“That crew is supposed to be responsible enough to call?” another captain asked.
To which the first captain admitted that crew rarely call for assistance. Instead, he said, about once a year a crew member sleeps on the back deck because they don’t want to call when they can’t find the key.
“They’re not going to knock on the side of the boat because they don’t want to wake the captain,” he said.
One yacht’s policy recommends crew not return after drinking.
“If you go out and get tanked, don’t come home,” the captain said.
“Then you, as the captain, have to supply them a place to spend the night,” another captain said. “You have to pay for them.”
“No, because they are on their time-off, you’re not obligated to pay for that,” a third captain said.
“Someone comes back drunk and you’re kicking them off the boat?” a fourth captain asked.
“You’re not kicking them off, they went out and you’re telling them not to come back,” the first captain said. “The way mine is written is you’re encouraged to not come back, instead to get a room for the night.”
If they do return, they are to go straight to their cabin and go to sleep, he said. “Don’t bring the party with you, don’t make any noise, and in the morning you are to report back to work with the crew.”
All the captains recommend intoxicated crew not be on the yacht, but they do allow them back, even the captain whose written policy suggests crew not return. Several captains said there were other factors in the rape case – such as security, background checks and communication – that should have been addressed even more than the deckhand’s intoxication.
Although many crew drink when off the boat, all the captains said, crew know that they are not allowed to work while impaired.
“It is a fireable offense. You can take them off immediately,” a captain said.
It is a law that no crew are allowed to consume alcohol while on watch, when underway or on duty on a commercial vessel, another captain said.
“And that applies to some of us under charter, the commercial aspect – from the time the charter starts to the time the charter ends,” a third captain said.
“The written part of mine says no drinking underway or when guests are on board,” a captain said. “What I don’t have is a written policy about drinking otherwise.”
All the captains have altered their alcohol policies through the years. One used to have a beer with another crew on the aft deck after work. That opened it up for other crew to enjoy a drink after work.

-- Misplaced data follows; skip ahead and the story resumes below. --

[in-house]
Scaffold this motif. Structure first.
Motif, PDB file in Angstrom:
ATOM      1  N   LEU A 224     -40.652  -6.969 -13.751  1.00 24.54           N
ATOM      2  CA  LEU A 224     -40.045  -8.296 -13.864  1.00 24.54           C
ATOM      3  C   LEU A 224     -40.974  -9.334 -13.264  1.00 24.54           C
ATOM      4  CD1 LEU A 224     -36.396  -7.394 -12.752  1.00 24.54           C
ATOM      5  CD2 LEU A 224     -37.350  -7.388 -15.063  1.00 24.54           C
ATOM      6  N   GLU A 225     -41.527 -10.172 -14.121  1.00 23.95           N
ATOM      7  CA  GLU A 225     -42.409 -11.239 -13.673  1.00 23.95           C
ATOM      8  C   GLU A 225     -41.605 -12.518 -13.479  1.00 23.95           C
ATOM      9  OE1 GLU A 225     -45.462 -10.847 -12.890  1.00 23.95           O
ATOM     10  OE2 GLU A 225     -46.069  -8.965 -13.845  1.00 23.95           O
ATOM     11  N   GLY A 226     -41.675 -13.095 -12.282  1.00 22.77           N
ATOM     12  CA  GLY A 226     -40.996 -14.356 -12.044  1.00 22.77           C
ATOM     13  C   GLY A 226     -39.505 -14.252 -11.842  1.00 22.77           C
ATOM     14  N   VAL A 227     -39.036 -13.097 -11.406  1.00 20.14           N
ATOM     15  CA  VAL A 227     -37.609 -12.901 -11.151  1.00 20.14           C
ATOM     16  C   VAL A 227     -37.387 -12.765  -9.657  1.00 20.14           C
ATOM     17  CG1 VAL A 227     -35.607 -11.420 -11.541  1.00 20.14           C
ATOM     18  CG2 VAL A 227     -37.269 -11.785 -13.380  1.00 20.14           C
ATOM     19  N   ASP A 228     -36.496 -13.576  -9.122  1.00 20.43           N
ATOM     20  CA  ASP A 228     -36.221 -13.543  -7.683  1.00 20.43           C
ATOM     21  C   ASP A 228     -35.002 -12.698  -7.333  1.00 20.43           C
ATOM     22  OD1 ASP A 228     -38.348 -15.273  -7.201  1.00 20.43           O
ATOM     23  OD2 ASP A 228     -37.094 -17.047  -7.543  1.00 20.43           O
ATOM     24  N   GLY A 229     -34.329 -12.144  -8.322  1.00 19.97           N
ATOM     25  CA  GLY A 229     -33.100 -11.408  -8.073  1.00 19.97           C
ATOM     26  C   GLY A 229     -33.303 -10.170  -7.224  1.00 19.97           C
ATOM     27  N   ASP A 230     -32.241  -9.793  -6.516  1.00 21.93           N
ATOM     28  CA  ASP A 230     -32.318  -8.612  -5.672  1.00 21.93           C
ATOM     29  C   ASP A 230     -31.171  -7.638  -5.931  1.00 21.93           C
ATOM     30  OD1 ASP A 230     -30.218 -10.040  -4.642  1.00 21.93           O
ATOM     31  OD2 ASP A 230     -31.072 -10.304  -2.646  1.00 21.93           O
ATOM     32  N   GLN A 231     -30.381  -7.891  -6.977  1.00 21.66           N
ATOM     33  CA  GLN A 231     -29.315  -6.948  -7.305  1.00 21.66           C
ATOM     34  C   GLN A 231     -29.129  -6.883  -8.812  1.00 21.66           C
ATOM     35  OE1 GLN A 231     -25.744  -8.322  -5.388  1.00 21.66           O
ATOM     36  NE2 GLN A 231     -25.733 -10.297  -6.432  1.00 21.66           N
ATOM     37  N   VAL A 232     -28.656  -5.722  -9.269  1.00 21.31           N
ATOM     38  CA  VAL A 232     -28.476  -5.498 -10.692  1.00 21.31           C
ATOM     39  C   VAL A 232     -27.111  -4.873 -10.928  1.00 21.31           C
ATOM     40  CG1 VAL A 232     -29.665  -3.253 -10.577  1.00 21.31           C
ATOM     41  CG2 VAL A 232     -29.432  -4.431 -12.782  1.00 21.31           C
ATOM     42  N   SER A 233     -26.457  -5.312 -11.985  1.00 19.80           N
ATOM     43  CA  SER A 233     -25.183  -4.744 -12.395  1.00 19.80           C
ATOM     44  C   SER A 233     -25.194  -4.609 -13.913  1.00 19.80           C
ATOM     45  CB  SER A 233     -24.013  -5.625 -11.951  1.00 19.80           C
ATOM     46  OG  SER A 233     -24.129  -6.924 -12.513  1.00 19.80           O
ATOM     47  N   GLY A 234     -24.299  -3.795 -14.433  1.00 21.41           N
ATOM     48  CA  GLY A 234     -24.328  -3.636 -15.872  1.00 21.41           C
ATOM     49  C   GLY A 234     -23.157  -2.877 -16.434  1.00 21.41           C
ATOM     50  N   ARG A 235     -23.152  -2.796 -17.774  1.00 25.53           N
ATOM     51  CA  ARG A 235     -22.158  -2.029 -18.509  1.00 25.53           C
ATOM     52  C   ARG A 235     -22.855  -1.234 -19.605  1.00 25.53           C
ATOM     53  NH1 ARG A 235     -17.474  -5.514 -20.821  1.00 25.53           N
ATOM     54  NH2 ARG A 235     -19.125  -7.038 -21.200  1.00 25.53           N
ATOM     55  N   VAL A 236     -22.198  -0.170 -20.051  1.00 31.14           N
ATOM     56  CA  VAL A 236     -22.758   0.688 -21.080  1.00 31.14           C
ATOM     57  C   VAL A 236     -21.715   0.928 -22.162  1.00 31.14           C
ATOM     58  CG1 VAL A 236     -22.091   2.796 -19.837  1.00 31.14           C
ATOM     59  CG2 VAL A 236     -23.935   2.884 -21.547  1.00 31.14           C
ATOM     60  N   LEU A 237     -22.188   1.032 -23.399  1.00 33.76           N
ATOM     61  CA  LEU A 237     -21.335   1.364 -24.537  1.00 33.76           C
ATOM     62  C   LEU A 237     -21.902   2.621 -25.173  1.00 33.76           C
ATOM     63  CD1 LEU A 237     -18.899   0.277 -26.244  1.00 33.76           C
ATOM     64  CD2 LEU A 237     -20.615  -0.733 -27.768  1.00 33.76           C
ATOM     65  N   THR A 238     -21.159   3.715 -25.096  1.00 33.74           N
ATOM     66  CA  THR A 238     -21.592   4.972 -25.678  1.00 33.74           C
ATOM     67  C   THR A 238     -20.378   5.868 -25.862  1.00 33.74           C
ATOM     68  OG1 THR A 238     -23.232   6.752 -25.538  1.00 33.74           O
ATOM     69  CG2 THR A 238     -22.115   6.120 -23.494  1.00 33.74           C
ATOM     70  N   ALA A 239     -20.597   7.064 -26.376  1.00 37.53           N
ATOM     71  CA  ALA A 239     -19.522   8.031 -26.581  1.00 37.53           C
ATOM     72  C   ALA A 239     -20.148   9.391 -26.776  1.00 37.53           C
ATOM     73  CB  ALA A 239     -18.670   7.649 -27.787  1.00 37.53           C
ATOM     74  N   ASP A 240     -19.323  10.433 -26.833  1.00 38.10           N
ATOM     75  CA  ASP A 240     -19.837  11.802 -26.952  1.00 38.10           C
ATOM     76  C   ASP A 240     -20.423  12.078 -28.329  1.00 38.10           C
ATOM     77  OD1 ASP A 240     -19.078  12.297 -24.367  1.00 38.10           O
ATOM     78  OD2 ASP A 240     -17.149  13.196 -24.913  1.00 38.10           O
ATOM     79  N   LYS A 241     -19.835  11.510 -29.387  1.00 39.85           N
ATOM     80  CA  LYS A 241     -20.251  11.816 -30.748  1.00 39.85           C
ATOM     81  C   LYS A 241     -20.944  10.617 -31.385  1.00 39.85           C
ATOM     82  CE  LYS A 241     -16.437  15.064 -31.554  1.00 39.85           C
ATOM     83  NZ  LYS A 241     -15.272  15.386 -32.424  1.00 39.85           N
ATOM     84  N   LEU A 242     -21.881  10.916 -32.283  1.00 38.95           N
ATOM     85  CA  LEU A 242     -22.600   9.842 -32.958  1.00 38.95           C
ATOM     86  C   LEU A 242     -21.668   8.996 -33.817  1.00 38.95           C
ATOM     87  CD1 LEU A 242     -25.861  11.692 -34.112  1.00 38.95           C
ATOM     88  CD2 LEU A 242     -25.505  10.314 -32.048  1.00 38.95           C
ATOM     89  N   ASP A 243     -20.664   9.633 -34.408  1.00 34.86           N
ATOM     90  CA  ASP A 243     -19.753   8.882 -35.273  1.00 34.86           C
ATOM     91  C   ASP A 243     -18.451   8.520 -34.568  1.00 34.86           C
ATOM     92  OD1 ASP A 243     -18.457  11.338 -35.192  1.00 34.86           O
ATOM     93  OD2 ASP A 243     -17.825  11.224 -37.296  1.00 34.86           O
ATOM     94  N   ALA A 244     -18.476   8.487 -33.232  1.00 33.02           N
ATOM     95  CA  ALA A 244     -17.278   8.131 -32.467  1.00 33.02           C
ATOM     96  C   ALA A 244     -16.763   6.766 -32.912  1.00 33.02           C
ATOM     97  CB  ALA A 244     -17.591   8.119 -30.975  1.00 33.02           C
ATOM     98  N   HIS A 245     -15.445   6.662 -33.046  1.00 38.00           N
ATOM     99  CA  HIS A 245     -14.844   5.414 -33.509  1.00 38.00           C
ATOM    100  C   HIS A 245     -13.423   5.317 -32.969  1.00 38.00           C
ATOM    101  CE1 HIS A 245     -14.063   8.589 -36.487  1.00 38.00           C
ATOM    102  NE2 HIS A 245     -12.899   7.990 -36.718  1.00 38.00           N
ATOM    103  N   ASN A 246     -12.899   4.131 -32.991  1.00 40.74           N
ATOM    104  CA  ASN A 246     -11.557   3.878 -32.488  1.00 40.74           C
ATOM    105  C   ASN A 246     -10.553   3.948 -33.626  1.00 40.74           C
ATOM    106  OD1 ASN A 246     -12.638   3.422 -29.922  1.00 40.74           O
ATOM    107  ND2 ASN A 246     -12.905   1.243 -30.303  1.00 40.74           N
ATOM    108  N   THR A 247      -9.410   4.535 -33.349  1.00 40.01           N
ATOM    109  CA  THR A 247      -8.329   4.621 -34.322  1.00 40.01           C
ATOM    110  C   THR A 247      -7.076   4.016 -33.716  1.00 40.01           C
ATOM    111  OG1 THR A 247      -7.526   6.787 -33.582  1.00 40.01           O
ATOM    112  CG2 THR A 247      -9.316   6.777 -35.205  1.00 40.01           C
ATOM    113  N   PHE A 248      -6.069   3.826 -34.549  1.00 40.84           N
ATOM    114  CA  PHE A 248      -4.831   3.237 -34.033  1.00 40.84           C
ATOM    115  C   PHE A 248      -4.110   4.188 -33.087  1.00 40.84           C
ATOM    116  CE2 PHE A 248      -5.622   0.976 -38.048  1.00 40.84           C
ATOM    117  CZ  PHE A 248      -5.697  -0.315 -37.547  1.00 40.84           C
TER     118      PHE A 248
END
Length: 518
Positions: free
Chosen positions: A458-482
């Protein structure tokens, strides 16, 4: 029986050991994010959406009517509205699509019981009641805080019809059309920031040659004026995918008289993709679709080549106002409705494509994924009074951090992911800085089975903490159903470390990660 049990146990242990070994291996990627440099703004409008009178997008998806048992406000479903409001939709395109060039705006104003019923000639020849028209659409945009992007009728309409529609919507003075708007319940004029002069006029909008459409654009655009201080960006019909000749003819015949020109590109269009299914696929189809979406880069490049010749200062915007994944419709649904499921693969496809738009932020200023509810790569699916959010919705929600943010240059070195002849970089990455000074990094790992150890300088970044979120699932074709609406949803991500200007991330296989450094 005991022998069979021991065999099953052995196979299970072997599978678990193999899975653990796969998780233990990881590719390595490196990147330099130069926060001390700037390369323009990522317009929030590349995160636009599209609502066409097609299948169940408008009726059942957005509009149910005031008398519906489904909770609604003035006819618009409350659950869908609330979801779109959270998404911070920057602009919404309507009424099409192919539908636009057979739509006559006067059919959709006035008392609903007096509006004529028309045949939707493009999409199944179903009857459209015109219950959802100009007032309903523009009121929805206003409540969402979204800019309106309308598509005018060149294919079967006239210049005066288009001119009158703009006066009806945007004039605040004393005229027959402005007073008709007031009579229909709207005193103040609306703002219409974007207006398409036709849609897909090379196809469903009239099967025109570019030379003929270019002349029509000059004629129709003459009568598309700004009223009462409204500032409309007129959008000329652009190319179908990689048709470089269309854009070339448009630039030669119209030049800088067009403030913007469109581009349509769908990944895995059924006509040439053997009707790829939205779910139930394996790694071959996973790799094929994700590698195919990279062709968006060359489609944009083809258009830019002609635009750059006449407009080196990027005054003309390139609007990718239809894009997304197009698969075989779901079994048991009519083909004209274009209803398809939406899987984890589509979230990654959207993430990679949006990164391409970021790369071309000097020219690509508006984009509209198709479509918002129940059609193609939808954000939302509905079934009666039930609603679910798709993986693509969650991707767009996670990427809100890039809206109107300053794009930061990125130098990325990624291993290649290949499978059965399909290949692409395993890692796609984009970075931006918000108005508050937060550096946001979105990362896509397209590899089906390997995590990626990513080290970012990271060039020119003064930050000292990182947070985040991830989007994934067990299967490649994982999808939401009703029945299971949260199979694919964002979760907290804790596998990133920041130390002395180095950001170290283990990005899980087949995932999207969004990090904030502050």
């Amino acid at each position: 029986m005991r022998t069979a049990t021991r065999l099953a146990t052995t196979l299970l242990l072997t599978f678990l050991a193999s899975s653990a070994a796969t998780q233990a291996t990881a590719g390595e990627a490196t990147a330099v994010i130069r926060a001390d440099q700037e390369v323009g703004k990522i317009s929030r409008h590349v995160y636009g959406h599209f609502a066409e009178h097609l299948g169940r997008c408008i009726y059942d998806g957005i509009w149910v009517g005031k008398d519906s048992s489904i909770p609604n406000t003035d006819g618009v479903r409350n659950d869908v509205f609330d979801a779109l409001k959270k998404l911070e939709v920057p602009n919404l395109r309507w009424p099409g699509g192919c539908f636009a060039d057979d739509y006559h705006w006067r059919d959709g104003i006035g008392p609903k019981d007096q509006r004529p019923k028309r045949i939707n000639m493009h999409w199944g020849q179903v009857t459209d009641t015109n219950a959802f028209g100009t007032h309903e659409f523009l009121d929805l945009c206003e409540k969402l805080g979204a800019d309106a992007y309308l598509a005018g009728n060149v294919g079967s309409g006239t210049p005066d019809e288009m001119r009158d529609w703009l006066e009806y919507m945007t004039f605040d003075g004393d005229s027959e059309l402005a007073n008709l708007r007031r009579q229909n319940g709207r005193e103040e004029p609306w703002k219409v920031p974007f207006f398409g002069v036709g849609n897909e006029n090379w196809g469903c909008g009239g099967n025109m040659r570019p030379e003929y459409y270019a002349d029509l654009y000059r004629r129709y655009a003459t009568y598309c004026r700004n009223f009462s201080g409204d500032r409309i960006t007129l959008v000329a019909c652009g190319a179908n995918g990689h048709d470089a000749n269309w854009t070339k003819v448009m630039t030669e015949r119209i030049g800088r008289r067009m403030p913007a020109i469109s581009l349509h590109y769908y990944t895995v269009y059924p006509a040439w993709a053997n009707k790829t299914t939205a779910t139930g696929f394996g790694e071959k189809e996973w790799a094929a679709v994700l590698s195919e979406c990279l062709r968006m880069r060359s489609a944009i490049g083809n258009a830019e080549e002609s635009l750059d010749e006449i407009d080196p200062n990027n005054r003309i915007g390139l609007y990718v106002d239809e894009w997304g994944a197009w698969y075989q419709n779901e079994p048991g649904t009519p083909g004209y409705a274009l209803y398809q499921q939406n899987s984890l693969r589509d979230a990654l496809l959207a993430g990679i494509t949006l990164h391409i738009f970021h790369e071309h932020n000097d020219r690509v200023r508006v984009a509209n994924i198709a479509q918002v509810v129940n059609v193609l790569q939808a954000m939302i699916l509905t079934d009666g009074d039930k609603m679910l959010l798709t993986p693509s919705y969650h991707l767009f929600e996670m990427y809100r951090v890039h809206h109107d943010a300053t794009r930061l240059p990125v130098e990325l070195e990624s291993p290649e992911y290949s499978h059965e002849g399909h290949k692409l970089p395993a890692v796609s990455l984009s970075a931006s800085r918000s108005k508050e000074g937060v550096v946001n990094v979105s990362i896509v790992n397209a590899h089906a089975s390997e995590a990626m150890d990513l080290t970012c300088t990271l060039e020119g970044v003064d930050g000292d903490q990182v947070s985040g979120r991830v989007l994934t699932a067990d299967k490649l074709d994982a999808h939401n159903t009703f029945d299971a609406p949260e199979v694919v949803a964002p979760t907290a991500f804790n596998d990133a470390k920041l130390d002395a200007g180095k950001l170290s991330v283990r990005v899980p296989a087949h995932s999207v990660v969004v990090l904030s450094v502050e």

“But it changed when I had different crew,” he said. “We had a crew who couldn’t just have one beer after a shift. We couldn’t allow that to happen, so we stopped having a beer and all of the crew stopped.”
Another captain used to allow some wine or beer for crew. “But somebody abused it and now that is gone,” he said.
“When I have a crew that can handle it, we may allow a glass of wine on the back deck again,” the first captain said.
While it’s clearly against the rules during work, other parts of alcohol policies are not black and white. One yacht owner provides alcohol for the crew on board, and some owners occasionally take the crew out for drinks. With so many examples from the captains at the discussion, everyone agreed that the issue of alcohol abuse is serious, but there are no foolproof solutions.
A captain who has joined Triton discussions before plans to look at how his yacht is run.
“There have been several of these lunches where I realize I can get better,” a captain said. “I will go to my boss and say, ‘What can we do to protect you better, and me? And how can we better protect our crew? We will create a written policy. Maybe this is a learning experience for me.”
Another captain said each experience with drinking crew adds more information for the next encounter.
“I always learn something new about people,” he said. “We get it from experience, from ourselves and from others. There was no class that said, ‘This is what you have to do.’”
Another captain said the yacht’s current policy is sufficient, but he will reiterate details with the crew. As important as contracts and rules are, he said, more important are the crew and the culture onboard.
“I don’t do drama or drunken nights out, or crew that do,” he said. “The culture is set by the captain. I like a cold beer after work, a glass of wine with dinner or a shot of nice whiskey every once in a while. But not on a boat. It starts with me. I describe my job as captain as trying to anticipate every possible thing that can go wrong and then trying my damnedest to stop it. As long as you do your best and do your due diligence, that’s all you can do.”
Despite trying to manage crew with policies, rules and laws, incidents can happen, one captain said.
“You just cover yourself in as many places as you possibly can,” he said. “I think the industry will always have a problem, it’s just how we minimize it.”
Dorie Cox is editor of The Triton. Comments on this story are welcome below.